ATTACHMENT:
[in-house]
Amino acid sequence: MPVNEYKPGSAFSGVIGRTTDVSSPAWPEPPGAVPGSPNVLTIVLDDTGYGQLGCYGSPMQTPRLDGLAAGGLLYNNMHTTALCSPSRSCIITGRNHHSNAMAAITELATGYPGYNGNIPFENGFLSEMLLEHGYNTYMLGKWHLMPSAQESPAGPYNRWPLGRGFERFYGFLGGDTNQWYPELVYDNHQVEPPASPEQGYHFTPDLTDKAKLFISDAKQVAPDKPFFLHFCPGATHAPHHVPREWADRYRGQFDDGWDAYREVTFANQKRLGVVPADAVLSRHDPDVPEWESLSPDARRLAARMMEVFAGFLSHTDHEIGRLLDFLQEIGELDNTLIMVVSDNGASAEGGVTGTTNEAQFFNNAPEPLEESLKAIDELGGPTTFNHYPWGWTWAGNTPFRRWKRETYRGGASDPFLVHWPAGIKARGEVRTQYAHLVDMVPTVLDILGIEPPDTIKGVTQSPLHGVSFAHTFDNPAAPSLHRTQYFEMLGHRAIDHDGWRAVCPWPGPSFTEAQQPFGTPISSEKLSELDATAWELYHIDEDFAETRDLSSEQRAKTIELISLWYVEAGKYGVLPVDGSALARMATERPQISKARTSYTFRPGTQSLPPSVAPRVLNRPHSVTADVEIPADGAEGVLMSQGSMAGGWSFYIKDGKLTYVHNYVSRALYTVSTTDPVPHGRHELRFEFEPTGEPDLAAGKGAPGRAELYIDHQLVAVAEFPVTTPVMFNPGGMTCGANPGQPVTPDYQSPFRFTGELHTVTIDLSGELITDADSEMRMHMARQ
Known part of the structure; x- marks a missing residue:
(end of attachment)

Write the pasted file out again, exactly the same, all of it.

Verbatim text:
[in-house]
Amino acid sequence: MPVNEYKPGSAFSGVIGRTTDVSSPAWPEPPGAVPGSPNVLTIVLDDTGYGQLGCYGSPMQTPRLDGLAAGGLLYNNMHTTALCSPSRSCIITGRNHHSNAMAAITELATGYPGYNGNIPFENGFLSEMLLEHGYNTYMLGKWHLMPSAQESPAGPYNRWPLGRGFERFYGFLGGDTNQWYPELVYDNHQVEPPASPEQGYHFTPDLTDKAKLFISDAKQVAPDKPFFLHFCPGATHAPHHVPREWADRYRGQFDDGWDAYREVTFANQKRLGVVPADAVLSRHDPDVPEWESLSPDARRLAARMMEVFAGFLSHTDHEIGRLLDFLQEIGELDNTLIMVVSDNGASAEGGVTGTTNEAQFFNNAPEPLEESLKAIDELGGPTTFNHYPWGWTWAGNTPFRRWKRETYRGGASDPFLVHWPAGIKARGEVRTQYAHLVDMVPTVLDILGIEPPDTIKGVTQSPLHGVSFAHTFDNPAAPSLHRTQYFEMLGHRAIDHDGWRAVCPWPGPSFTEAQQPFGTPISSEKLSELDATAWELYHIDEDFAETRDLSSEQRAKTIELISLWYVEAGKYGVLPVDGSALARMATERPQISKARTSYTFRPGTQSLPPSVAPRVLNRPHSVTADVEIPADGAEGVLMSQGSMAGGWSFYIKDGKLTYVHNYVSRALYTVSTTDPVPHGRHELRFEFEPTGEPDLAAGKGAPGRAELYIDHQLVAVAEFPVTTPVMFNPGGMTCGANPGQPVTPDYQSPFRFTGELHTVTIDLSGELITDADSEMRMHMARQ
Known part of the structure; x- marks a missing residue: